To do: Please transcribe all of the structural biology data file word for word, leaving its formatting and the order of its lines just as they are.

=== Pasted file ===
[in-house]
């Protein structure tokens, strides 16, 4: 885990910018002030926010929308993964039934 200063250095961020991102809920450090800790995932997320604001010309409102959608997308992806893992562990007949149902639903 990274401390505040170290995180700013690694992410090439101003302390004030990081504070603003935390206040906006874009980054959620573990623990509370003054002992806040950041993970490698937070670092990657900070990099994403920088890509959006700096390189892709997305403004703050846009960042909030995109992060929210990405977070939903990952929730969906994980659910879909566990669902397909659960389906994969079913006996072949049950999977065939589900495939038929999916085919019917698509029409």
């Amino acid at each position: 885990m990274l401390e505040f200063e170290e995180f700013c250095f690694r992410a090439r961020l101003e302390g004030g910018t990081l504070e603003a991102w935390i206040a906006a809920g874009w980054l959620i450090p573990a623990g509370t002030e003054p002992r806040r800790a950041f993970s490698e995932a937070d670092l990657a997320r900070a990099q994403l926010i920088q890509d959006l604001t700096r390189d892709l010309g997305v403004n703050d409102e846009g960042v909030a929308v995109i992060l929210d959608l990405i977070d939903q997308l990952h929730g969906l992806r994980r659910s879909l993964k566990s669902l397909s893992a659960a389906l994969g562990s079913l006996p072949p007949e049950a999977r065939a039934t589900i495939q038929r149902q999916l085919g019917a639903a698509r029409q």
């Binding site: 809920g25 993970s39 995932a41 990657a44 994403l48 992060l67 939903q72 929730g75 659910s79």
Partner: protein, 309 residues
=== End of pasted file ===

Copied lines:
[in-house]
């Protein structure tokens, strides 16, 4: 885990910018002030926010929308993964039934 200063250095961020991102809920450090800790995932997320604001010309409102959608997308992806893992562990007949149902639903 990274401390505040170290995180700013690694992410090439101003302390004030990081504070603003935390206040906006874009980054959620573990623990509370003054002992806040950041993970490698937070670092990657900070990099994403920088890509959006700096390189892709997305403004703050846009960042909030995109992060929210990405977070939903990952929730969906994980659910879909566990669902397909659960389906994969079913006996072949049950999977065939589900495939038929999916085919019917698509029409």
């Amino acid at each position: 885990m990274l401390e505040f200063e170290e995180f700013c250095f690694r992410a090439r961020l101003e302390g004030g910018t990081l504070e603003a991102w935390i206040a906006a809920g874009w980054l959620i450090p573990a623990g509370t002030e003054p002992r806040r800790a950041f993970s490698e995932a937070d670092l990657a997320r900070a990099q994403l926010i920088q890509d959006l604001t700096r390189d892709l010309g997305v403004n703050d409102e846009g960042v909030a929308v995109i992060l929210d959608l990405i977070d939903q997308l990952h929730g969906l992806r994980r659910s879909l993964k566990s669902l397909s893992a659960a389906l994969g562990s079913l006996p072949p007949e049950a999977r065939a039934t589900i495939q038929r149902q999916l085919g019917a639903a698509r029409q």
């Binding site: 809920g25 993970s39 995932a41 990657a44 994403l48 992060l67 939903q72 929730g75 659910s79």
Partner: protein, 309 residues